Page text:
I went to a private Christian school until high school. I graduated from a public high school, but had covered most of the stuff I was taught in high
school while in the private school. I honestly turned pretty wild in high school and was able to make B's with almost no effort.
I'm currently sending my oldest child to a private Christian school. We are not by any means wealthy ($60K/year income) and do qualify for some
financial aid from the school. I live in Alabama but the school I send my oldest to is in Georgia (where both my wife and I are from and she still
works). The difference in property taxes helps offset the cost of sending my child there. I hope we are able to find some money to afford sending both
children there in two years. I hate writing the checks but am extremely pleased with the results. We give up a lot to afford it and are pretty open
about it with our 7 year old. We didn't take a vacation this year and next year ain't looking to hot either. There are lots of people who go there who
are better off financially than and others who are less fortunate than us but I'd say that were pretty average of other parents there. There is
however one very serious irony, guess what the most common profession of parents are at the school? Yup, someone who works in public eduction be it
primary through highschool or college instructor.
My child is in second grade, in addition to what you'd get in a public school, she's learning phonics and root-prefix-suffix of words in English, and
has already earned over 70 AR points since the beginning of the school year. We've got to help her with her first research report due soon, which is a
3 paragraph essay about King George III.She's being taught real math not Common Core and is already doing multiple digit addition/subtraction using
the standard algorithm and just started memorizing multiplication division tables. In addition to the better than public school instruction they have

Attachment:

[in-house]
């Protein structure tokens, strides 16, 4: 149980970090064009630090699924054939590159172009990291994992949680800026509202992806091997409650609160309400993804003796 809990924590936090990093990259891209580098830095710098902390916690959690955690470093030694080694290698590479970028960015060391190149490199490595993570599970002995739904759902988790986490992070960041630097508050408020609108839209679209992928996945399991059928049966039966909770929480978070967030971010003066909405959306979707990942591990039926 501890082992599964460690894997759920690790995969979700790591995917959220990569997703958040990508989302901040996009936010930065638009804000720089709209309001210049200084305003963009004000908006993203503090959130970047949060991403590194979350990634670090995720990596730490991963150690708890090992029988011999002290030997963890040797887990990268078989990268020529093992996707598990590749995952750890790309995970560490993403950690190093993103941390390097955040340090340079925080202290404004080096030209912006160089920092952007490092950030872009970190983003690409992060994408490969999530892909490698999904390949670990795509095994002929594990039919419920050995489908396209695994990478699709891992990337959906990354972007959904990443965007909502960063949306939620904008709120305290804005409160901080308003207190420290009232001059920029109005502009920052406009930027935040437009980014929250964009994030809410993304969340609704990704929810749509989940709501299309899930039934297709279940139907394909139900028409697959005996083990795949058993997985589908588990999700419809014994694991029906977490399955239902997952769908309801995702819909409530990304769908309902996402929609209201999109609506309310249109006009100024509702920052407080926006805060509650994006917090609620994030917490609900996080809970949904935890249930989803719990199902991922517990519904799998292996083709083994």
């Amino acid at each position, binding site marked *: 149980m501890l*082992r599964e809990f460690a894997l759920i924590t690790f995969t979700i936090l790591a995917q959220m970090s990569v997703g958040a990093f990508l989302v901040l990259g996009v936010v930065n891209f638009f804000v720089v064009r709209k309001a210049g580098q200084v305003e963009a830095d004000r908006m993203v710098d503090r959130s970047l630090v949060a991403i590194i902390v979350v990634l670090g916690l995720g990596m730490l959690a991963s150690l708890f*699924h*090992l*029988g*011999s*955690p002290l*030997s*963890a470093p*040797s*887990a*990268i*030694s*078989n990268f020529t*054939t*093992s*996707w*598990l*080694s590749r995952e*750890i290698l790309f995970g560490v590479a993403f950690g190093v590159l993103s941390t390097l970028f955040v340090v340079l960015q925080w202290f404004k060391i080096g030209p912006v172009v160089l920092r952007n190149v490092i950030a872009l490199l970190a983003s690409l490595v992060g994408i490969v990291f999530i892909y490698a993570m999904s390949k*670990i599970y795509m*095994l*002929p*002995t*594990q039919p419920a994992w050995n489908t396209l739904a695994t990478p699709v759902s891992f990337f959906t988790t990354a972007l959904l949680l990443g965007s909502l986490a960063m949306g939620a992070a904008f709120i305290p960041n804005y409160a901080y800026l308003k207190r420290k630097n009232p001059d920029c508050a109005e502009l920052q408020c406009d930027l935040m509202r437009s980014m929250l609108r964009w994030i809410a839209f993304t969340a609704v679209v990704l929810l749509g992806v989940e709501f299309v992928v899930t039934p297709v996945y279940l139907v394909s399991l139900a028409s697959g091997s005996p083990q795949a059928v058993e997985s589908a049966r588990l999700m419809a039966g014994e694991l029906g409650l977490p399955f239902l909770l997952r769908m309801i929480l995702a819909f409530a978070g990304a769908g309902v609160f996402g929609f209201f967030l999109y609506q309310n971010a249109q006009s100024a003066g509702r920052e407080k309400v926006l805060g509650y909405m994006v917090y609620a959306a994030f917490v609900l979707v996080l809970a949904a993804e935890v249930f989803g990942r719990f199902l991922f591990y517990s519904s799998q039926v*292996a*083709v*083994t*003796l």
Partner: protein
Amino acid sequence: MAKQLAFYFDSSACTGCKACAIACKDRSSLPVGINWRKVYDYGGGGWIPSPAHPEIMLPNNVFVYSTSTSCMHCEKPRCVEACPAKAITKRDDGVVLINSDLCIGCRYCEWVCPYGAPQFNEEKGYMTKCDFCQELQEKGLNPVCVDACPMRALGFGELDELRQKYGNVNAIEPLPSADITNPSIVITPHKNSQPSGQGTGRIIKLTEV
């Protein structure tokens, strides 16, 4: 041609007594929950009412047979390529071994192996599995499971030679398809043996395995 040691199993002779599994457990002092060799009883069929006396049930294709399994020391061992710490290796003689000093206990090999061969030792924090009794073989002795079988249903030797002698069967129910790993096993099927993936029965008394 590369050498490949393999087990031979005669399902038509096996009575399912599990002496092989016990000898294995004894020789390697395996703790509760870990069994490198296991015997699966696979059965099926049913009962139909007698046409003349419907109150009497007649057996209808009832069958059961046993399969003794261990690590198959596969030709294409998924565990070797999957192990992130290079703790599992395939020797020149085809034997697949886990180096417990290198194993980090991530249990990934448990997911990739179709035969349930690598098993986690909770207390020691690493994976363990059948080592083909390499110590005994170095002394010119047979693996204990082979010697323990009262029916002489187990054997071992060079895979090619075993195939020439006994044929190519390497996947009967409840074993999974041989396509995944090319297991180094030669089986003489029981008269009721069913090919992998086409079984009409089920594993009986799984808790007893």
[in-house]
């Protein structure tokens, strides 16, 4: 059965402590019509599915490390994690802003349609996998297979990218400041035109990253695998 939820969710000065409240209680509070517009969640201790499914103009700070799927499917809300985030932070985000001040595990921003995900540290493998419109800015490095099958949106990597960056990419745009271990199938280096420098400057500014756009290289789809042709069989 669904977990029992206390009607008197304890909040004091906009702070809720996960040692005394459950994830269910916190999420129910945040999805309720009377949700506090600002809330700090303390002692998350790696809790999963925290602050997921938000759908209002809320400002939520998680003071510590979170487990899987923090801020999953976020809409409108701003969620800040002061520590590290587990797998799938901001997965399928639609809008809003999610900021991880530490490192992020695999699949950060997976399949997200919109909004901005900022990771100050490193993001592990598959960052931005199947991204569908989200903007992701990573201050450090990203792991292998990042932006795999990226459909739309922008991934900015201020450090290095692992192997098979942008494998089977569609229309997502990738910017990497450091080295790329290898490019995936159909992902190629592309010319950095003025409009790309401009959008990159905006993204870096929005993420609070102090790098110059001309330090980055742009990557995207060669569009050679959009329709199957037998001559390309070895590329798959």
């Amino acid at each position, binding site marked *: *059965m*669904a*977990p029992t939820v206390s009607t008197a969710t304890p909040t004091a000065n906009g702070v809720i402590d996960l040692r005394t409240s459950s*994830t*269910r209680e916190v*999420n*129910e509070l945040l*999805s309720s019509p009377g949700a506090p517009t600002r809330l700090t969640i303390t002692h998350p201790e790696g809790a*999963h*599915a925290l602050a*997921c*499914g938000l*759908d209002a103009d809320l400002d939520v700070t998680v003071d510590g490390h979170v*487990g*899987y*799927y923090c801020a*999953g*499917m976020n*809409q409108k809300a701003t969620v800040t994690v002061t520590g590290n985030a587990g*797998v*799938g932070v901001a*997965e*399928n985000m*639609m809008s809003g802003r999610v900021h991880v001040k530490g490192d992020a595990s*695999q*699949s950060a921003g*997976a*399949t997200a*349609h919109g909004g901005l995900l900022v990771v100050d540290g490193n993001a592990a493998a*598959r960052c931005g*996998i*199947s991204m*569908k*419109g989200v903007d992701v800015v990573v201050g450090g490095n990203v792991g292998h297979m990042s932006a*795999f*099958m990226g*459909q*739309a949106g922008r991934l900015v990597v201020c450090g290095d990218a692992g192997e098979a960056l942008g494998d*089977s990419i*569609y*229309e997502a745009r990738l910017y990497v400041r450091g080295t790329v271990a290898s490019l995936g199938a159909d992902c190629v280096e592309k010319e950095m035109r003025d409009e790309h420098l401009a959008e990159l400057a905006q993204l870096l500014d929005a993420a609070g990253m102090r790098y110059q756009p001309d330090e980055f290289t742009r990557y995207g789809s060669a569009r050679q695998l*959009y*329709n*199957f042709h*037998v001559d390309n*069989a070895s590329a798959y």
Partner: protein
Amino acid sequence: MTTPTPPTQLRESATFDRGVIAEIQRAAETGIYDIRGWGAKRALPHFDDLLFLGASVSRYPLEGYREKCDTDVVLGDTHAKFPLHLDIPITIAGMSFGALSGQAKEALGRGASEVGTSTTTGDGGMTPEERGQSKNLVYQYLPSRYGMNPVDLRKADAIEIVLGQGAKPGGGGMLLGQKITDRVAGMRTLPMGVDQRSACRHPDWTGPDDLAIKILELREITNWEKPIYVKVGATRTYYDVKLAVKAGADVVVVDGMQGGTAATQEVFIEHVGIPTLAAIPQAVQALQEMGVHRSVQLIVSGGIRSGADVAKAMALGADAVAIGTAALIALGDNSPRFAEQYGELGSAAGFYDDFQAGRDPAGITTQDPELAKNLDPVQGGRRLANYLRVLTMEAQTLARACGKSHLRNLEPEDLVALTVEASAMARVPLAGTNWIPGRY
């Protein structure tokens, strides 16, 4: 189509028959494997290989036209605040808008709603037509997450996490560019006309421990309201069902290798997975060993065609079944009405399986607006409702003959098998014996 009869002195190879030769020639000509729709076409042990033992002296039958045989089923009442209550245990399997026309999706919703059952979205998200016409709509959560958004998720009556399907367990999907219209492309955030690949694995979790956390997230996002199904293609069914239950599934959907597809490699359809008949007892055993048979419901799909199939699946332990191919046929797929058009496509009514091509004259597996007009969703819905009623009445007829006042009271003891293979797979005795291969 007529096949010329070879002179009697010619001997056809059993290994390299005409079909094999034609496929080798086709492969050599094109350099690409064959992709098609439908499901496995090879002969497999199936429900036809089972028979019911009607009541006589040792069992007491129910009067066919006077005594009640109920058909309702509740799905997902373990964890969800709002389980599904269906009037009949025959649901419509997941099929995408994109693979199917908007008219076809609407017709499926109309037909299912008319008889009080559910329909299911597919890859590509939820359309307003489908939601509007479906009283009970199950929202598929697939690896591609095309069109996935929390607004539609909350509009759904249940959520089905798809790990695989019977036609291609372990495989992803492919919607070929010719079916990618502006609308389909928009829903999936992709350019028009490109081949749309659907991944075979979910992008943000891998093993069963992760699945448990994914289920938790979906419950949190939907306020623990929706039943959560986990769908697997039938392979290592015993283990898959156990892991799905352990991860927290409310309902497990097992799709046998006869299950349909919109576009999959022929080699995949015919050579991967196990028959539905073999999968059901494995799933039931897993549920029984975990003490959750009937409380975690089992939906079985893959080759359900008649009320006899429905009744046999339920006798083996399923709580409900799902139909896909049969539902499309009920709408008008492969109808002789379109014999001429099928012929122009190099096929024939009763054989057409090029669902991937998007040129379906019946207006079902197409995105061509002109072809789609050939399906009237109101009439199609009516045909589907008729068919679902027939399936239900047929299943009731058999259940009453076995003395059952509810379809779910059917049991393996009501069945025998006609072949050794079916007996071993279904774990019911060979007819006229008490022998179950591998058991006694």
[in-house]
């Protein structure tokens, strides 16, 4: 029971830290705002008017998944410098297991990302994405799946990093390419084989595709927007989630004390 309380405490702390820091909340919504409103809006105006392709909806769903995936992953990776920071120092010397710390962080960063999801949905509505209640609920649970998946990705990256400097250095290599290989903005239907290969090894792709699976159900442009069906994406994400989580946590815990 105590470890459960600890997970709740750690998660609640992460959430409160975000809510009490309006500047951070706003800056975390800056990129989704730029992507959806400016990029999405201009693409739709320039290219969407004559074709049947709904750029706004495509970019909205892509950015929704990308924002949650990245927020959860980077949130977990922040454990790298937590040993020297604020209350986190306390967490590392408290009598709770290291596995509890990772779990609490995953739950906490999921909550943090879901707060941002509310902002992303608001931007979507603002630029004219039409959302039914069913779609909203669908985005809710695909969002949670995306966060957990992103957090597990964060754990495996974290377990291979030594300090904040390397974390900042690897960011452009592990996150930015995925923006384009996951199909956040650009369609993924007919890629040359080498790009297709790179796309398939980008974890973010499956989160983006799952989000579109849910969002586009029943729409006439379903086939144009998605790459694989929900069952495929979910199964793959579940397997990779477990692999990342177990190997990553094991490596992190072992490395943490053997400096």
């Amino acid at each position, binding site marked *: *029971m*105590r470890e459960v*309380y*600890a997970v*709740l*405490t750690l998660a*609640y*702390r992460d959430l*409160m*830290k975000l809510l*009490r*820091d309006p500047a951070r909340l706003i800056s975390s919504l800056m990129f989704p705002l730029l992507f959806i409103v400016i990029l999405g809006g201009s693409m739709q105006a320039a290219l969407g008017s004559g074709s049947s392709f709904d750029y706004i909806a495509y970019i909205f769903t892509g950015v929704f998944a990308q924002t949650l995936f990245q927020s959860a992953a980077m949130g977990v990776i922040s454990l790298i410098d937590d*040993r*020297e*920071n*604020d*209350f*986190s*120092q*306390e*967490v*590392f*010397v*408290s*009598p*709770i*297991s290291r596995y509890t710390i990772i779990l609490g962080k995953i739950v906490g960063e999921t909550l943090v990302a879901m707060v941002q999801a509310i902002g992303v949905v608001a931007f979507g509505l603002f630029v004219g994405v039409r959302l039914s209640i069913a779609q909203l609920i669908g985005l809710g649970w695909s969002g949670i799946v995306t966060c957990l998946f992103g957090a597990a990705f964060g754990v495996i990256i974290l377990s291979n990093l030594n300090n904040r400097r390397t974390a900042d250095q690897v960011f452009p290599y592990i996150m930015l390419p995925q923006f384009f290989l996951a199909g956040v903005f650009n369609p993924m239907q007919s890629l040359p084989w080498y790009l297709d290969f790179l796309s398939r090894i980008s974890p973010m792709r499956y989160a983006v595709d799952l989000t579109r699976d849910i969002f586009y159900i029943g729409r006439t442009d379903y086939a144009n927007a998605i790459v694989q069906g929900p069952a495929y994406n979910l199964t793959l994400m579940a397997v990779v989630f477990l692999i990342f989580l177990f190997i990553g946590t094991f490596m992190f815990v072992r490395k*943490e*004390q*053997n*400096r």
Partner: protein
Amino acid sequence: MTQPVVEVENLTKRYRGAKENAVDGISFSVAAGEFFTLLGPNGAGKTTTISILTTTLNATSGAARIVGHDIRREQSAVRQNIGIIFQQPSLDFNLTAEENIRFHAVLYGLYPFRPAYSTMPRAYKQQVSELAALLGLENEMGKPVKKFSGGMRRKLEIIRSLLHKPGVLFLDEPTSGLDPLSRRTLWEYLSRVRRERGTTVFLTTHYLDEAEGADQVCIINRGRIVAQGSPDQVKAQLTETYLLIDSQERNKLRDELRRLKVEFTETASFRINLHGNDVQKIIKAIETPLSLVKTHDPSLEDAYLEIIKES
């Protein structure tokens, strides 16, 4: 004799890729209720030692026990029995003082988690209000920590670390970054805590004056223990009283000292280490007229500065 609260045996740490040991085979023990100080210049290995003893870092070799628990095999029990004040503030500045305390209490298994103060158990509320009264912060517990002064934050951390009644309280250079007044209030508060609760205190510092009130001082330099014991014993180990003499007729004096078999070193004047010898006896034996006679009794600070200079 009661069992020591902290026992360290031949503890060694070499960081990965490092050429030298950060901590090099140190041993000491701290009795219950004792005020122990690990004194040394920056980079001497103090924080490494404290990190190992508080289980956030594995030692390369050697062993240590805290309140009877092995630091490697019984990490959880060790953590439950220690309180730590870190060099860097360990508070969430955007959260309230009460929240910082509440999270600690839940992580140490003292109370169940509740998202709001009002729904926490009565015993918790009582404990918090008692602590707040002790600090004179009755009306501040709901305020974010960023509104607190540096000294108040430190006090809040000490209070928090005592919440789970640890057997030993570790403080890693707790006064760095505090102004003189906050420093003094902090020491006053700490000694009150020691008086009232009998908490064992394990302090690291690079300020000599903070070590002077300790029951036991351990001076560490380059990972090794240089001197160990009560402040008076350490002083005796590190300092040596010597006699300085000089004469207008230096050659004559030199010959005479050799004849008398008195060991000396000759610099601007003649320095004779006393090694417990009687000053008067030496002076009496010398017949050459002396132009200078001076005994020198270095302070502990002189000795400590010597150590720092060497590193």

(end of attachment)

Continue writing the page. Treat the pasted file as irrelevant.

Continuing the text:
religious instruction that coincides with our families' faith and values and is also academically rigorous. They must memorize a Bible verse every
week and are tested on it (along with academic work) every Friday. The first assignment in that this year was Psalm 18:2
The Lord is my rock and my fortress and my deliverer, my God, my rock, in whom I take refuge, my shield, and the horn of my salvation, my
and there were some last year that were longer and harder to memorize than that. Also, unlike in the public schools anymore, there are both art and
music classes that she attends every week.
My resistance to writing the checks faded quite a bit last year when we went to see the Winter Program at the public school that some friends of the
family send their children to. The Winter program there was totally incoherent, it was something about photosynthesis and the life cycle of a plant
that was just plain weird. Our child's Christmas Program had some older classes participating in a the telling of the Nativity Story and our then
first graders singing selections from Handel's Messiah.
In addition to academics the school competes athletically with other private schools (both religious and secular) throughout the state.
I don't know how education works in other countries and readily concede that there are many public school districts in the US that do as good a job of
educating children as private schools. I don't live in one, and am willing to sacrifice financially for as long as I am able to ensure that my
children get a quality academic education that reinforces the faith and values we have in our home.
So, if as the OP proposes, private education were to be made illegal in the US I'd fight it wholeheartedly, maybe even violently. I have access to the
public education system, but choose to do without a lot of things I'd like to have ( more dinners out with my wife, trips to the beach, a nicer
house/car, more savings, more charitable giving etc..) in order to offer my child a better academic foundation in a place that reinforces my families'
faith and values.
On the other hand, in the US, I can't remember the last US President who wasn't an Ivy League graduate ( I think it was Reagan), and currently there
isn't a single US Supreme Court Justice who isn't Ivy League educated. I think there is an elitism problem in the US but it lies beyond primary/high
school. Parents like us are just trying to give our kids a better learning foundation than is available in the public school system.
28-9-2013 by jefwane because: (no reason given)
edit on 28-9-2013 by jefwane because: (no reason given)